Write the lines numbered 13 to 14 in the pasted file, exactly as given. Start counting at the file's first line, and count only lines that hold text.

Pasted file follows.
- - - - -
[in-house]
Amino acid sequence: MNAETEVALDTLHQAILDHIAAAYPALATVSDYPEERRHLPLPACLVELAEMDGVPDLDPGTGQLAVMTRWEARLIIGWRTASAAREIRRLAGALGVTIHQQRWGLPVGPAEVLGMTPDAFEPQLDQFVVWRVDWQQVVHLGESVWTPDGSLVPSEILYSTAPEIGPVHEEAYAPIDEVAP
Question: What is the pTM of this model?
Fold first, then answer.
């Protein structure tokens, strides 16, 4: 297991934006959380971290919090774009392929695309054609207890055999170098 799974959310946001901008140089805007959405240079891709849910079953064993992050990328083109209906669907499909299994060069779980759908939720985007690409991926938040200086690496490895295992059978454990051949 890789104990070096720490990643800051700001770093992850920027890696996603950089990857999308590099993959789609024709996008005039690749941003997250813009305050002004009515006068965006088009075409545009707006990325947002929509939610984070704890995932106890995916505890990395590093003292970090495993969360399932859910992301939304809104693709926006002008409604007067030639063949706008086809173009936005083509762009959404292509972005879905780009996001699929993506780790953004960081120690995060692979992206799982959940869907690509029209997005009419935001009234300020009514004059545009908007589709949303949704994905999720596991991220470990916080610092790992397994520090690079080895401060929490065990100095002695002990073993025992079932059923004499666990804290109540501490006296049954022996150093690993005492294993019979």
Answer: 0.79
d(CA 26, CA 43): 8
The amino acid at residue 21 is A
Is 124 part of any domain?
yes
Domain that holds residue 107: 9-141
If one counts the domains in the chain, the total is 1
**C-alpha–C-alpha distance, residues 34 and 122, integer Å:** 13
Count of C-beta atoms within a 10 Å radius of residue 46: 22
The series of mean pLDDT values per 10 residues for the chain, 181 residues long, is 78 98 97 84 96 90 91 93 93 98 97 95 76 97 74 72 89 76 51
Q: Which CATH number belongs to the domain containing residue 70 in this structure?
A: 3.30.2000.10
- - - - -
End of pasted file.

**C-alpha–C-alpha distance, residues 34 and 122, integer Å:** 13
Count of C-beta atoms within a 10 Å radius of residue 46: 22